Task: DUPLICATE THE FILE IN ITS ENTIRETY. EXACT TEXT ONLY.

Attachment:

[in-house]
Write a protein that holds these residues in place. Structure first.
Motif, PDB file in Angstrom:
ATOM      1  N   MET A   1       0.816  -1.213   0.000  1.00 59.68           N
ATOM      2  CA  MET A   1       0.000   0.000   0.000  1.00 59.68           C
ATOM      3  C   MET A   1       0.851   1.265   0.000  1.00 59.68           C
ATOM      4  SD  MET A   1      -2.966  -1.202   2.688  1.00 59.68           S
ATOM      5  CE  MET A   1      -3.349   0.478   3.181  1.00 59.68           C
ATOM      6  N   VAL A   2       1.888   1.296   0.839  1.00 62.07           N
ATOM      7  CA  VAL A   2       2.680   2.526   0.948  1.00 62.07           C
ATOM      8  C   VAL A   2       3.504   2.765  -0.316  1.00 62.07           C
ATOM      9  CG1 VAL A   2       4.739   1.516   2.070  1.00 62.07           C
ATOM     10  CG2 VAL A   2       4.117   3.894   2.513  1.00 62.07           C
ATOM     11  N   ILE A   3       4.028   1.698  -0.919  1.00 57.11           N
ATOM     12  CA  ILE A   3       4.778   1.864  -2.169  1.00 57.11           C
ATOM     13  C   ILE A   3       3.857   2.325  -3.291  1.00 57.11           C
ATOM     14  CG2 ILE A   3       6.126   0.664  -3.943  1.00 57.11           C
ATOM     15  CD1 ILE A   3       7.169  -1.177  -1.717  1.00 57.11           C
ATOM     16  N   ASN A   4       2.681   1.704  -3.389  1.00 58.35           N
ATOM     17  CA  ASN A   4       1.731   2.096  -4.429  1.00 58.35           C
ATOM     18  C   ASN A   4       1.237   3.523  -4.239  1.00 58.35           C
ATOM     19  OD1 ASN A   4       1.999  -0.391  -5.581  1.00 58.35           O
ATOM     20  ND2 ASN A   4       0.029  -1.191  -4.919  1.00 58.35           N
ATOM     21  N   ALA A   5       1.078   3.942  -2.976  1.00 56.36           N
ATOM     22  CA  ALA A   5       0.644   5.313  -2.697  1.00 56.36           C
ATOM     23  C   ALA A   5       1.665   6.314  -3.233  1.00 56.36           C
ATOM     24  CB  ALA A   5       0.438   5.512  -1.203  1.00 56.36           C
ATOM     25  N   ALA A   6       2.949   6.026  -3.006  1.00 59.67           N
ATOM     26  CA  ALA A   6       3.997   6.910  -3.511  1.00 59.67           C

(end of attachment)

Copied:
[in-house]
Write a protein that holds these residues in place. Structure first.
Motif, PDB file in Angstrom:
ATOM      1  N   MET A   1       0.816  -1.213   0.000  1.00 59.68           N
ATOM      2  CA  MET A   1       0.000   0.000   0.000  1.00 59.68           C
ATOM      3  C   MET A   1       0.851   1.265   0.000  1.00 59.68           C
ATOM      4  SD  MET A   1      -2.966  -1.202   2.688  1.00 59.68           S
ATOM      5  CE  MET A   1      -3.349   0.478   3.181  1.00 59.68           C
ATOM      6  N   VAL A   2       1.888   1.296   0.839  1.00 62.07           N
ATOM      7  CA  VAL A   2       2.680   2.526   0.948  1.00 62.07           C
ATOM      8  C   VAL A   2       3.504   2.765  -0.316  1.00 62.07           C
ATOM      9  CG1 VAL A   2       4.739   1.516   2.070  1.00 62.07           C
ATOM     10  CG2 VAL A   2       4.117   3.894   2.513  1.00 62.07           C
ATOM     11  N   ILE A   3       4.028   1.698  -0.919  1.00 57.11           N
ATOM     12  CA  ILE A   3       4.778   1.864  -2.169  1.00 57.11           C
ATOM     13  C   ILE A   3       3.857   2.325  -3.291  1.00 57.11           C
ATOM     14  CG2 ILE A   3       6.126   0.664  -3.943  1.00 57.11           C
ATOM     15  CD1 ILE A   3       7.169  -1.177  -1.717  1.00 57.11           C
ATOM     16  N   ASN A   4       2.681   1.704  -3.389  1.00 58.35           N
ATOM     17  CA  ASN A   4       1.731   2.096  -4.429  1.00 58.35           C
ATOM     18  C   ASN A   4       1.237   3.523  -4.239  1.00 58.35           C
ATOM     19  OD1 ASN A   4       1.999  -0.391  -5.581  1.00 58.35           O
ATOM     20  ND2 ASN A   4       0.029  -1.191  -4.919  1.00 58.35           N
ATOM     21  N   ALA A   5       1.078   3.942  -2.976  1.00 56.36           N
ATOM     22  CA  ALA A   5       0.644   5.313  -2.697  1.00 56.36           C
ATOM     23  C   ALA A   5       1.665   6.314  -3.233  1.00 56.36           C
ATOM     24  CB  ALA A   5       0.438   5.512  -1.203  1.00 56.36           C
ATOM     25  N   ALA A   6       2.949   6.026  -3.006  1.00 59.67           N
ATOM     26  CA  ALA A   6       3.997   6.910  -3.511  1.00 59.67           C